This trip’s a breeze
Aboard Hingham ferry, commuters get a chance to relax, unwind, enjoy the weather, and avoid traffic
As their ride home arrived and sounded its foghorn, the commuters who were lined up at Rowes Wharf smiled in anticipation.
The men and women clad in business suits and toting briefcases knew that while their co-workers battled a tide of elbows on trains and endured stop-and-go traffic on the highway, they would be slipping off their commuting shoes, opening a good book, and possibly cracking open a beer.
Each day, hundreds of people walk up a gangplank and onto an MBTA ferry that arrives in Hingham in about a half-hour. The trip is faster and more relaxing than getting home by train or car, and even more enjoyable in the summer, commuters say, when they can bask in the warm evening sun on the ferry’s dual decks.
“I have the best commute of anyone in Boston,’’ Kevin McLaughlin 45, of Hingham, said as he sat on the upper deck stairs, a stiff breeze tugging at his sleeves. “Being trapped in a car, or doing this for an hour every day? That’s an easy decision.’’
As the downtown skyline receded in the late afternoon sun Thursday, men loosened ties and tucked their chins to their chests for a half-hour nap. Women eased out of pumps and deposited purses on the rows of benches on the boat’s lower deck.
Many made a beeline for the bar.
“Ah, Thursdays and Fridays,’’ McLaughlin said, as the man below him on the stairs took a sip of his Whale’s Tale Pale Ale. “Those days are the real happy hours.’’
The MBTA frowns on food or drink on trains and buses. The ferry has no such stigma. As the boat putted toward Hingham, the hiss of a beer opening and the clink of bottle caps coming off Corona Lights punctuated the rhythmic churn of the boat’s propeller.
The ferry, which costs $6 each way, is by no means a party boat. Bartender Susan Lifrieri, 45, said she serves about 15 beers and 15 cocktails during peak rush-hour traffic of about 250, but the chance to unwind with a drink during the commute is hard to pass up.
“The commuters do like a libation now and then after work,’’ Lifrieri said with a smile as she tidied the boat’s kitchen, or galley. “And really, do you blame them?’’
After they left work at the law firm Goodwin Procter, Daniel White, 32, and Erin Michael, 29, settled in on the rail near the prow of the boat, beers in hand.
“You’re almost sorry to see the dock,’’ Michael said, adding that Thursday’s return voyage marked her first full day of commuting by boat since she moved to Hingham.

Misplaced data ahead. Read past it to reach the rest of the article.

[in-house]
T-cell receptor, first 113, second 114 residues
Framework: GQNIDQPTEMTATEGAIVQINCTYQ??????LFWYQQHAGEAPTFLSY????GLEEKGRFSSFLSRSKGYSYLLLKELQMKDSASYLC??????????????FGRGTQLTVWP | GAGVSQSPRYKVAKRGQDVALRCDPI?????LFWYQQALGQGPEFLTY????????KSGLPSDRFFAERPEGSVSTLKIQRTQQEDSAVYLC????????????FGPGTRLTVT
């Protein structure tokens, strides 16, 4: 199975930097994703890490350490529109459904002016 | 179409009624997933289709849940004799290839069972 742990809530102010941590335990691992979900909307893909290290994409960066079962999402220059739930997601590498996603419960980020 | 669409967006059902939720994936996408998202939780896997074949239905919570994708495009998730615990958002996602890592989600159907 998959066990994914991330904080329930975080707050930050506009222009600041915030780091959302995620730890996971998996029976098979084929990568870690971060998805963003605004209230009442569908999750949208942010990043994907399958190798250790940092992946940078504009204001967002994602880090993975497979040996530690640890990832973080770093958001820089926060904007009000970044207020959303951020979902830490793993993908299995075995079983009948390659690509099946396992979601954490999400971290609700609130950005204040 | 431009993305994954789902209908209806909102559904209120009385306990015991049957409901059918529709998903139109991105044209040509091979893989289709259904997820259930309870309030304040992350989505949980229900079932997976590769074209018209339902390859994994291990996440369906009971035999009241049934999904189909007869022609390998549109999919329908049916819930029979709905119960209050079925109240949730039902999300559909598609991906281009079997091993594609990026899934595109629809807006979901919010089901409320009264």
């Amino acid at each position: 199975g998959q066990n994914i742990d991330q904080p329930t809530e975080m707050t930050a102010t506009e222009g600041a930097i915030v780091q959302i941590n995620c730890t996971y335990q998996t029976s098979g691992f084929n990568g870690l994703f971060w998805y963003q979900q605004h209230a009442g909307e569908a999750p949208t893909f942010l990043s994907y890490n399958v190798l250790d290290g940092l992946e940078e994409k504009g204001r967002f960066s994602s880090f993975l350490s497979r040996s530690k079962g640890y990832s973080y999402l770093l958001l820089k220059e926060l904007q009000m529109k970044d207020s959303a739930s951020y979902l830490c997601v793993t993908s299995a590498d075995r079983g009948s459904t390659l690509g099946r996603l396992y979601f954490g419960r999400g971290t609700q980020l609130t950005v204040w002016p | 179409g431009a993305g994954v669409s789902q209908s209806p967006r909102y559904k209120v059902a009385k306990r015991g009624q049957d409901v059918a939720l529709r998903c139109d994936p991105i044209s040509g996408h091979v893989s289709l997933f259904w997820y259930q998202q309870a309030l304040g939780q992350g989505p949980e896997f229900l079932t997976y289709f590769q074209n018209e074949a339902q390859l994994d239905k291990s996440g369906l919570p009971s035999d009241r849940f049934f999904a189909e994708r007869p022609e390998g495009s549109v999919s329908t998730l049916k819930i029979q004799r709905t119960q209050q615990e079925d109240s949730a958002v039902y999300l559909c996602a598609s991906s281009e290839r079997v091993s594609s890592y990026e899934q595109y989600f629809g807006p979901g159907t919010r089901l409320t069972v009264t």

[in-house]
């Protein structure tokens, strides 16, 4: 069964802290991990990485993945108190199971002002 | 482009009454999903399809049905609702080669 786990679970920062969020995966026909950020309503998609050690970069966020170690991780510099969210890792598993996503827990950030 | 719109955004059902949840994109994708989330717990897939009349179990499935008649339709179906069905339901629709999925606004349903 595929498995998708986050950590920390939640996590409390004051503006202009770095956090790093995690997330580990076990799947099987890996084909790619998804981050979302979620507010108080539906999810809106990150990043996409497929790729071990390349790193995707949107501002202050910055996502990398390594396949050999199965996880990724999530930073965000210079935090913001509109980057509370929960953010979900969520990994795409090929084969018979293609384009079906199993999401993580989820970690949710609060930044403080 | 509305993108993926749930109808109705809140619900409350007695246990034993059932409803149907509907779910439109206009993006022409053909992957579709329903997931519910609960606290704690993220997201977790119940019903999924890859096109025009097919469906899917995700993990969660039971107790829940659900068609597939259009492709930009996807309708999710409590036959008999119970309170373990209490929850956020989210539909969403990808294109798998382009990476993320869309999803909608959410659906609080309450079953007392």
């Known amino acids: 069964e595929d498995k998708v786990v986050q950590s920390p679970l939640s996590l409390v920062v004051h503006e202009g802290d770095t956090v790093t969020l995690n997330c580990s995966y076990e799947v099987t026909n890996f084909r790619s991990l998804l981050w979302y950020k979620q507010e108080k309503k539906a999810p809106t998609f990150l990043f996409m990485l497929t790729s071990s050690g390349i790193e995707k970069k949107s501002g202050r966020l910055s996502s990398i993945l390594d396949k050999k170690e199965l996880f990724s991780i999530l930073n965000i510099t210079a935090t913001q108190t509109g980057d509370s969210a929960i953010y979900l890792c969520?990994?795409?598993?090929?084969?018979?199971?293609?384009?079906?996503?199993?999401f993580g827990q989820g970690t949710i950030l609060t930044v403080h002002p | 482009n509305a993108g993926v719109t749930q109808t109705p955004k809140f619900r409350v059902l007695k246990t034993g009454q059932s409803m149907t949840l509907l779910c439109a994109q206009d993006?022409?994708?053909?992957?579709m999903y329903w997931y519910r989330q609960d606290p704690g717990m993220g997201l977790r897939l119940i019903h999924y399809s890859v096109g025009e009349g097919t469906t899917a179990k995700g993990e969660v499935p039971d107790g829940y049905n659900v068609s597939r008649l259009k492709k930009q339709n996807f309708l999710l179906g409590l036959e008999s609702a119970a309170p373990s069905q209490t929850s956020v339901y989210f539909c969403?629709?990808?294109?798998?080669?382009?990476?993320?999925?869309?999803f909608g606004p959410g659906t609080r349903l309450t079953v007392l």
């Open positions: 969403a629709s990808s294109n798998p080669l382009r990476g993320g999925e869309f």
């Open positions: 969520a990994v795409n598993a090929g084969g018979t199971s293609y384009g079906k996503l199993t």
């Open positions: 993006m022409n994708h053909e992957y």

In the winter, the cold wind off the water keeps passengers inside, White said, but that makes the ride no less relaxing: CNN plays on televisions, and Lifrieri serves coffee, cereal, and milk.
“The summer, though . . .,’’ White said, as the skyline shrank in the distance. “Six months out of the year, you can just sit out here and watch the city pass by.’’
Bikes are always allowed, as are pets. When McLaughlin boards the boat in the morning, bound for the North End, so does golden retriever Amos. The dog bounds up the gangplank to strategically slump his paws and head over the railing, creating convenient head-petting access for every commuter.
“How many other forms of public transportation let you bring your pet?’’ asked McLaughlin, chief executive of the travel company Smart Destinations.
Boats from Hingham to Boston can be packed as early as 6 a.m., as workers head into the office early. But the ferry is rarely crowded in the evenings, and almost never with commuters. Five people rode to Boston after the Nora Vittoria turned around and headed back into the city at 6:35 p.m.
“My husband is stuck in
Like the morning commuters with a change of shoes, her son came dressed for his trip, in a powder-blue Scooby-Doo life vest. Cohoon said that next year she might let her teenage daughters Elizabeth and Katie make the trip to Boston themselves.
“It’s such a safe and easy trip,’’ Cohoon said, admiring the sailboats slicing through the ferry’s wake. “So beautiful, and so relaxing.’’
Laura Nelson can be reached at firstname.lastname@example.org.